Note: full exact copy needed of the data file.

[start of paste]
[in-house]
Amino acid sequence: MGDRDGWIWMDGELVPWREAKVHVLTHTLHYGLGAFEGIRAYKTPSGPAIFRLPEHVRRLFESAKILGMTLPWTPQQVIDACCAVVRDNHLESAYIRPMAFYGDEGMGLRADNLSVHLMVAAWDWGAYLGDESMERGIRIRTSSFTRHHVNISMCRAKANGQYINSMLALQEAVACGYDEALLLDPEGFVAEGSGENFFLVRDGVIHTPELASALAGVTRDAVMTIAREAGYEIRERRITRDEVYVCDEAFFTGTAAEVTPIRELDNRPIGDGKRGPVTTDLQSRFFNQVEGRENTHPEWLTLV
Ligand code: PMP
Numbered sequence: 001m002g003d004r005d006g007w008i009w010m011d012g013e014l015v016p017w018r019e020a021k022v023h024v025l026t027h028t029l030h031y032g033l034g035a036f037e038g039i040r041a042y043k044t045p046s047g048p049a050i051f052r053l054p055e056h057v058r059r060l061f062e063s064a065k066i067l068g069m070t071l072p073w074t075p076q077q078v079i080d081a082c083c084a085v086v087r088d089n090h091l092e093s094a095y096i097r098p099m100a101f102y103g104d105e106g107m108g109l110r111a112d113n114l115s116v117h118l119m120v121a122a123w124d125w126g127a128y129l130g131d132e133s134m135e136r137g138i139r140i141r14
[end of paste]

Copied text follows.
[in-house]
Amino acid sequence: MGDRDGWIWMDGELVPWREAKVHVLTHTLHYGLGAFEGIRAYKTPSGPAIFRLPEHVRRLFESAKILGMTLPWTPQQVIDACCAVVRDNHLESAYIRPMAFYGDEGMGLRADNLSVHLMVAAWDWGAYLGDESMERGIRIRTSSFTRHHVNISMCRAKANGQYINSMLALQEAVACGYDEALLLDPEGFVAEGSGENFFLVRDGVIHTPELASALAGVTRDAVMTIAREAGYEIRERRITRDEVYVCDEAFFTGTAAEVTPIRELDNRPIGDGKRGPVTTDLQSRFFNQVEGRENTHPEWLTLV
Ligand code: PMP
Numbered sequence: 001m002g003d004r005d006g007w008i009w010m011d012g013e014l015v016p017w018r019e020a021k022v023h024v025l026t027h028t029l030h031y032g033l034g035a036f037e038g039i040r041a042y043k044t045p046s047g048p049a050i051f052r053l054p055e056h057v058r059r060l061f062e063s064a065k066i067l068g069m070t071l072p073w074t075p076q077q078v079i080d081a082c083c084a085v086v087r088d089n090h091l092e093s094a095y096i097r098p099m100a101f102y103g104d105e106g107m108g109l110r111a112d113n114l115s116v117h118l119m120v121a122a123w124d125w126g127a128y129l130g131d132e133s134m135e136r137g138i139r140i141r14